The Conscience of the King.
To what extent does a person remain morally responsible for his or her actions over time, even after many years or after changes in character and experience? Can people ever change who they fundamentally are inside, or do they merely become better actors playing different roles?
In "The Conscience of the King" (Star Trek: The Original Series, Season 1), Captain Kirk suspects the 23rd-Century Shakespearean actor Anton Karidian of actually being the (believed-deceased) former governor of Earth colony Tarsus IV, Kodos "The Executioner," notorious for having executed over 4,000 people. Is Karidian really Kodos after all? And if so, is Karidian now a different person, in a moral sense, than the person he used to be? Or is Kodos "The Executioner" still there just beneath the surface and under the guise of Karidian the actor?
In this episode of Meta Treks, hosts Zachary Fruhling and Mike Morrison discuss the philosophical themes of moral responsibility and personal identity over time in "The Conscience of the King," including the inspired use of theater-acting and masks as metaphors for personal transformation, or perhaps the lack thereof.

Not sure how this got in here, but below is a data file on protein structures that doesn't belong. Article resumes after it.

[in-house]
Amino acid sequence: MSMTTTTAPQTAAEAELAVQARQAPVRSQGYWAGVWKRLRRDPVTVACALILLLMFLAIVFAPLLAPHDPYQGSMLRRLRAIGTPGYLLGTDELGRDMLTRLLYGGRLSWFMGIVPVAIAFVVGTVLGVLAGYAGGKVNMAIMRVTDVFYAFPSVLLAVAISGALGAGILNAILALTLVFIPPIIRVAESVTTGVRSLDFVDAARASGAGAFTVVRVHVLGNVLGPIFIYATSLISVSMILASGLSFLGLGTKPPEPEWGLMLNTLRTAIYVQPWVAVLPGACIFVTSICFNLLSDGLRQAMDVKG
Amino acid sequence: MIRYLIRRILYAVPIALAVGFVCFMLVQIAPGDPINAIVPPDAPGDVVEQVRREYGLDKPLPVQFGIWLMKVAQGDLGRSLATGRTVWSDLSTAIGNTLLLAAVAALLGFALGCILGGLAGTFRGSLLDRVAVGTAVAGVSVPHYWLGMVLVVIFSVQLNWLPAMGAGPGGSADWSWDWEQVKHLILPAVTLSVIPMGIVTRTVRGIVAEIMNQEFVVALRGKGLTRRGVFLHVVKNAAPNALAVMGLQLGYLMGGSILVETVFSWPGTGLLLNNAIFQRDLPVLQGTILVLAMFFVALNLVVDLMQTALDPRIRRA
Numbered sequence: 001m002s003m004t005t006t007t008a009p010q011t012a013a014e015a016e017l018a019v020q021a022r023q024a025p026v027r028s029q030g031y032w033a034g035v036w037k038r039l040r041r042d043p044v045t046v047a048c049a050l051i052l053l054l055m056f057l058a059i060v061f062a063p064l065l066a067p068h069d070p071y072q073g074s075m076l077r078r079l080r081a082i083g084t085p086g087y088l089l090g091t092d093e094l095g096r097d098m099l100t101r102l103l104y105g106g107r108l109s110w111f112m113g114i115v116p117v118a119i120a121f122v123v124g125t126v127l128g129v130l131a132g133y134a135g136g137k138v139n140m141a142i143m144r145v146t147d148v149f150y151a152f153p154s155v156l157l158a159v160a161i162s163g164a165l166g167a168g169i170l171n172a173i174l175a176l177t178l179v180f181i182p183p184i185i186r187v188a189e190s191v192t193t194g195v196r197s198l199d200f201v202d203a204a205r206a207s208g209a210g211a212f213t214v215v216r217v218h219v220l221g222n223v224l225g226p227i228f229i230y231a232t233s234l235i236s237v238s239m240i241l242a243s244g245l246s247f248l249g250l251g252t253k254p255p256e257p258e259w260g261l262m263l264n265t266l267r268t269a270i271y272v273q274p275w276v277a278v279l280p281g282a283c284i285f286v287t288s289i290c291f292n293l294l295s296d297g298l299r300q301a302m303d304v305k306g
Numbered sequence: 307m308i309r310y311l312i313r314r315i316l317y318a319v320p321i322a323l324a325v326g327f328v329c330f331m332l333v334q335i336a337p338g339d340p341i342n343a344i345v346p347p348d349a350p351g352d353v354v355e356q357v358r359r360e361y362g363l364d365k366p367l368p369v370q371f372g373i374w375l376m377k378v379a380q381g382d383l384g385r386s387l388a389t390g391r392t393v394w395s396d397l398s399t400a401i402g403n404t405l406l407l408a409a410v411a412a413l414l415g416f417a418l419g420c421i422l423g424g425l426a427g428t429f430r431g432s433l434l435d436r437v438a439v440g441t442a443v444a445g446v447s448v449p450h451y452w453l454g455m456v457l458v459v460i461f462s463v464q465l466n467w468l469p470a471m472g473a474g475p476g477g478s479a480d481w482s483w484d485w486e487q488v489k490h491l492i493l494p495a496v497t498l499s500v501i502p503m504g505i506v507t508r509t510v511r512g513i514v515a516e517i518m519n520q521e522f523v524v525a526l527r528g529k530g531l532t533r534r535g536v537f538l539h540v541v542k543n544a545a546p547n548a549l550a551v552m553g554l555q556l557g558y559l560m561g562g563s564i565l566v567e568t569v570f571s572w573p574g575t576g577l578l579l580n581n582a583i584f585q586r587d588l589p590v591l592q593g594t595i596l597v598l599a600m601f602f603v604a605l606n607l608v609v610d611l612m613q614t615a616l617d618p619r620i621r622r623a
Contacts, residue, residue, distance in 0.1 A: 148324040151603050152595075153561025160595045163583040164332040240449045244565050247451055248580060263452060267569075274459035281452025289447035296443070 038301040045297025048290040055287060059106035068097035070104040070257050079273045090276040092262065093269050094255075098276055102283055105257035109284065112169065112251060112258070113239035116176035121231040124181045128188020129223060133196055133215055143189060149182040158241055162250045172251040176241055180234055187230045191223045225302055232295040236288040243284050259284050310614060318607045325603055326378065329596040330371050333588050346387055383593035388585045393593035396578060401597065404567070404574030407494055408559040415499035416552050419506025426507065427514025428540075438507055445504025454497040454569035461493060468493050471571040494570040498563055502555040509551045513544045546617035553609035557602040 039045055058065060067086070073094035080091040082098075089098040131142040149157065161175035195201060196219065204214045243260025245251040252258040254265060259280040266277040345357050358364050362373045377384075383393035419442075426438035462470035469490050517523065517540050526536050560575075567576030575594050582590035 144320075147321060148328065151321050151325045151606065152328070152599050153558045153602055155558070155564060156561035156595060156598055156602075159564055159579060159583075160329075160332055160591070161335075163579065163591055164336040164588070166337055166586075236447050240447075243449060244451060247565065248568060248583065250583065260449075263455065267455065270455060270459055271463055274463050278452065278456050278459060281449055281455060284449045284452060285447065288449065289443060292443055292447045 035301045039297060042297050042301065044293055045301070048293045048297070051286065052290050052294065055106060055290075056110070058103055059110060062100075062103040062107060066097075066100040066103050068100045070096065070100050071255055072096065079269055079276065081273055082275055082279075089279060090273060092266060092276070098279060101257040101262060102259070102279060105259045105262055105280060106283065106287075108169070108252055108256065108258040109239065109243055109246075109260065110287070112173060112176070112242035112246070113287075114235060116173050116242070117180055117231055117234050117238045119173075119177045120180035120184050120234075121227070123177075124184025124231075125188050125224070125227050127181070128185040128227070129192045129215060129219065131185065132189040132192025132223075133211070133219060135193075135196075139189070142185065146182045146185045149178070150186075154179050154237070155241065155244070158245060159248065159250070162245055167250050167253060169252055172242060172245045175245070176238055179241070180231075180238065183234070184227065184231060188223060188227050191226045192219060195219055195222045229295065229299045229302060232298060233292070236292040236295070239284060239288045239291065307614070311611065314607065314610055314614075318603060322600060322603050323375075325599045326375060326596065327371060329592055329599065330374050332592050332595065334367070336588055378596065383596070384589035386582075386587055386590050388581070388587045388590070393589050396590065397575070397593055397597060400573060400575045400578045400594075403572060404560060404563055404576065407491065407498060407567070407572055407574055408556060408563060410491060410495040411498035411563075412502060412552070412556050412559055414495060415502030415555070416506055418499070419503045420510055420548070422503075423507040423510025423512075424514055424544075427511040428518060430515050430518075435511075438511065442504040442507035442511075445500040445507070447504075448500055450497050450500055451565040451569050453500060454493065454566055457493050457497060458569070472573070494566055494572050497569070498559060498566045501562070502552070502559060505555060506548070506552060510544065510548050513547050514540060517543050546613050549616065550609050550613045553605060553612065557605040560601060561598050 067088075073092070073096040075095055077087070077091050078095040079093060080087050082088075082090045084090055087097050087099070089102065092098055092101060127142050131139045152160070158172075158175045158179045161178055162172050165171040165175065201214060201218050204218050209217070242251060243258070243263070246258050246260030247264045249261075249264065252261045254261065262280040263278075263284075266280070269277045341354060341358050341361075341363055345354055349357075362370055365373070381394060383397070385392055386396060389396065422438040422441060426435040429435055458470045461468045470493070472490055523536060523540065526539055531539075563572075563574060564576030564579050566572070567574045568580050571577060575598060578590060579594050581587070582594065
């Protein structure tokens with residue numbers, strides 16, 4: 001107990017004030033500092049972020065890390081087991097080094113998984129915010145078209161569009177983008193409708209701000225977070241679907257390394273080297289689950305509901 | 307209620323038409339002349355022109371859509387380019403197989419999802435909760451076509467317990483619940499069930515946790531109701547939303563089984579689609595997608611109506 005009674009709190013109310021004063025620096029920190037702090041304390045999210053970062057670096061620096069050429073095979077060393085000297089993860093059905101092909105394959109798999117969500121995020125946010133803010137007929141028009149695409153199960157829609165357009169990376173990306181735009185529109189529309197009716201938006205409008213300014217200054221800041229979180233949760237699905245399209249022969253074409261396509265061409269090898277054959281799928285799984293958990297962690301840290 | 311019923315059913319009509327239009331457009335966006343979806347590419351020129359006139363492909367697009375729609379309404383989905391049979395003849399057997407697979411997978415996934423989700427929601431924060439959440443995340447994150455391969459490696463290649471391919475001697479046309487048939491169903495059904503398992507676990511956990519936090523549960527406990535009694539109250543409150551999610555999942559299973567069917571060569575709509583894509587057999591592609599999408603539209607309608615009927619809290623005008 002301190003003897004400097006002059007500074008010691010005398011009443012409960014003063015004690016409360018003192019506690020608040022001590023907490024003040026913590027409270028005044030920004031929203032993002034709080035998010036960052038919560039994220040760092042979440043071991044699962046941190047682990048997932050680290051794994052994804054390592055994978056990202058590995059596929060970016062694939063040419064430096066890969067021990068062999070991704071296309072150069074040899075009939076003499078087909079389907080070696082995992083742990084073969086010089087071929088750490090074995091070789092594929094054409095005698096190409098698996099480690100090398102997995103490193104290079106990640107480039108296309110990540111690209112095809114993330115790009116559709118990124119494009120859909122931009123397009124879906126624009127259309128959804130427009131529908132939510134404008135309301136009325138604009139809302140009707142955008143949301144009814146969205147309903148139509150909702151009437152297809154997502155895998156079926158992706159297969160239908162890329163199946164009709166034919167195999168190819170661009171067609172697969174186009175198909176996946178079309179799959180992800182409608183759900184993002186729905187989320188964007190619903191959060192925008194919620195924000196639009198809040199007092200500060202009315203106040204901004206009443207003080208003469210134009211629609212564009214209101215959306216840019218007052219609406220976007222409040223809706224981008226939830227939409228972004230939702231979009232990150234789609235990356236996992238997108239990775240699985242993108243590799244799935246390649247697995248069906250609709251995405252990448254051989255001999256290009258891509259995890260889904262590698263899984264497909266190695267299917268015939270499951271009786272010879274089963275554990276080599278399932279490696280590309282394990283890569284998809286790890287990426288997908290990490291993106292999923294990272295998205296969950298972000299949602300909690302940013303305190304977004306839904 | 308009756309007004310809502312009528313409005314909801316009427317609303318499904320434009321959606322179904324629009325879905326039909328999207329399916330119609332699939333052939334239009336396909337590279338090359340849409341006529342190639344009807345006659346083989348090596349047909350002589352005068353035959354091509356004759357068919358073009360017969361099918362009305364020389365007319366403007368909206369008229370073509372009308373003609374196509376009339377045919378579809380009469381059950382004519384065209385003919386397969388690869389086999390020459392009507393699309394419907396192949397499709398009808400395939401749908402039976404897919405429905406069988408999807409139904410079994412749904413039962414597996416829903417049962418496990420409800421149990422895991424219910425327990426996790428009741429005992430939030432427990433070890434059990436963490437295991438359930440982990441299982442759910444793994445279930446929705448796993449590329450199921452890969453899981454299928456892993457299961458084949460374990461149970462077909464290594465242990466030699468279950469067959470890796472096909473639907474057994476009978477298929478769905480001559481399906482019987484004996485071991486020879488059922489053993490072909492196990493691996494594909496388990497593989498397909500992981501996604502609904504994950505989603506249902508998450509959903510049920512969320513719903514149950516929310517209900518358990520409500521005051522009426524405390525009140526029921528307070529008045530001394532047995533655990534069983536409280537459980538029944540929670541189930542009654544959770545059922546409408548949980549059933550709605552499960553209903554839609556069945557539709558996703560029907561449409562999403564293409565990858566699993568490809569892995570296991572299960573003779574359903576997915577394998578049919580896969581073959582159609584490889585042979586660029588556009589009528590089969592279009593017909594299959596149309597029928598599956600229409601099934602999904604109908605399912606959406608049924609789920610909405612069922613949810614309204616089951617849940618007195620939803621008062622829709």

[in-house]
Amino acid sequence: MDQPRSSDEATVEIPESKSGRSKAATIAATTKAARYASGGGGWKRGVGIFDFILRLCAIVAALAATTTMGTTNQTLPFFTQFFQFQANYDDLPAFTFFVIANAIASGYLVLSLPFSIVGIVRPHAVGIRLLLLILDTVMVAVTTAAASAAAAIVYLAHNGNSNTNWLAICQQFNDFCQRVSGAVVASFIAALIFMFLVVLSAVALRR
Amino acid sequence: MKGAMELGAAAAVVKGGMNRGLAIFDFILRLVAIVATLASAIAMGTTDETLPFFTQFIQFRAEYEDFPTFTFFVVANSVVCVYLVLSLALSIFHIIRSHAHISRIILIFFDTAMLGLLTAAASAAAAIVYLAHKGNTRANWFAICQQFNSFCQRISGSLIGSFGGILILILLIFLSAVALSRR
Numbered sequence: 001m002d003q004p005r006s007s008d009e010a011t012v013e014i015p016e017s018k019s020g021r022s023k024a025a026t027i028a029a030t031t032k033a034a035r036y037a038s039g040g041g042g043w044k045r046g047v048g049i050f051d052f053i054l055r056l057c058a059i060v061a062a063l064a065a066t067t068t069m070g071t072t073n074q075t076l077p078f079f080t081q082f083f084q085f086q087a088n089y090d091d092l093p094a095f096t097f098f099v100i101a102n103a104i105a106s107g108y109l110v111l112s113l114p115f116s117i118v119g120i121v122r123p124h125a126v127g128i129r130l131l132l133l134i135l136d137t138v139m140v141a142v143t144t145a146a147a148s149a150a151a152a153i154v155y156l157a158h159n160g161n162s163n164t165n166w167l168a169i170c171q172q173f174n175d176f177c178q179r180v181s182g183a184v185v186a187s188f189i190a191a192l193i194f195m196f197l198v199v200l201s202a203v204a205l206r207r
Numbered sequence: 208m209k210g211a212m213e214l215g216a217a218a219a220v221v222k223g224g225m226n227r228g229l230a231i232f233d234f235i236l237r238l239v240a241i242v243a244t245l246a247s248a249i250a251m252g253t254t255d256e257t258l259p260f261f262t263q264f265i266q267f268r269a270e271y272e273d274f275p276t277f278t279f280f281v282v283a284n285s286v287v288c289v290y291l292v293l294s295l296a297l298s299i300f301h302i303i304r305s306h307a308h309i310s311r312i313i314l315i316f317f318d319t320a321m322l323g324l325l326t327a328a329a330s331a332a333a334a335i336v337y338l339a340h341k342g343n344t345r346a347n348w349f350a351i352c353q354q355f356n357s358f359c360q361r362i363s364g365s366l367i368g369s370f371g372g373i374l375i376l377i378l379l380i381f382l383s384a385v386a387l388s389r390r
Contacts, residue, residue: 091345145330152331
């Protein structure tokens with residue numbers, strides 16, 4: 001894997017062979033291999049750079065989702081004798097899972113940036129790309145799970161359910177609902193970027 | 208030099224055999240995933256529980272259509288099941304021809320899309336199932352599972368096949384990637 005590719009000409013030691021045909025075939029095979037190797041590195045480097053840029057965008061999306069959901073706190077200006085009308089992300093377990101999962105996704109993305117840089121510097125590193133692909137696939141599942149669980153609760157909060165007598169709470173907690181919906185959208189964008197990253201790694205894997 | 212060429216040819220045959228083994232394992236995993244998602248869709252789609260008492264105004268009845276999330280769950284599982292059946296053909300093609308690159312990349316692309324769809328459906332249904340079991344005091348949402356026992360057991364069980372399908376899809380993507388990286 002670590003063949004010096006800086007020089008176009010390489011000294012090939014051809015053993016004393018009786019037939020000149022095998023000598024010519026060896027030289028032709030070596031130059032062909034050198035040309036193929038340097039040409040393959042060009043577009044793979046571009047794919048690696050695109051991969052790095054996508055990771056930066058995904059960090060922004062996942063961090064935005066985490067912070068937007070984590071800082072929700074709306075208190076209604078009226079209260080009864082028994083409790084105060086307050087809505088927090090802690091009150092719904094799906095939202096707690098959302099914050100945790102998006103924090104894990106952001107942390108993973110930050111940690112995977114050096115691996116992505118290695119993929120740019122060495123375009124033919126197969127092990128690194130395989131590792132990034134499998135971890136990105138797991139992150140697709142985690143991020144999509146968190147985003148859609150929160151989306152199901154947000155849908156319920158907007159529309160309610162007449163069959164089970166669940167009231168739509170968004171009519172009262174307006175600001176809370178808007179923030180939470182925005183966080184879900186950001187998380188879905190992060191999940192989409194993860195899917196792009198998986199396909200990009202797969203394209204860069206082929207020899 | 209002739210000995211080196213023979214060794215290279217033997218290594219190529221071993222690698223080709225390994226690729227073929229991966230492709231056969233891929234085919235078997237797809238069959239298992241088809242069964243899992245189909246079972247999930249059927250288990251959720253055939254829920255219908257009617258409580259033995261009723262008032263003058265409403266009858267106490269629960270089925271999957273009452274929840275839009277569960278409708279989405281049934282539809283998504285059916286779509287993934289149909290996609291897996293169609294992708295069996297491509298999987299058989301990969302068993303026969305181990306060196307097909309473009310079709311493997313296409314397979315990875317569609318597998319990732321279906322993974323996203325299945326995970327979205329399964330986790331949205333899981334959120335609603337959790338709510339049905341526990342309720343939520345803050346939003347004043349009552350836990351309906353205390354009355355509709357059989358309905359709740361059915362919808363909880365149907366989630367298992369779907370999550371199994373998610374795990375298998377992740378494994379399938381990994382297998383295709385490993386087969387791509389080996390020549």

Initial Thoughts about "The Conscience of the King" (00:02:30)
Morality and Identity Over Time (00:10:31)
Radical Conversion, Paul the Apostle, and Identity (00:16:31)
The Sins of the Father: Lenore Karidian (00:24:26)
Caesar of the Stars (00:26:46)
Kodos and Eugenics (00:32:18)
Not Very Human (00:41:03)
Truman on Trial (00:51:29)
Guilt and Culpability (00:57:10)
Riley and Revenge (01:00:25)
Zachary Fruhling and Mike Morrison
Mike Morrison (Editor) Zachary Fruhling (Producer) C Bryan Jones (Executive Producer) Matthew Rushing (Executive Producer) Ken Tripp (Executive Producer) Patrick Devlin (Associate Producer) Kay Shaw (Associate Producer) Mark Walker (Associate Producer) Norman C. Lao (Associate Producer) Richard Marquez (Production Manager) Brandon-Shea Mutala (Patreon Manager)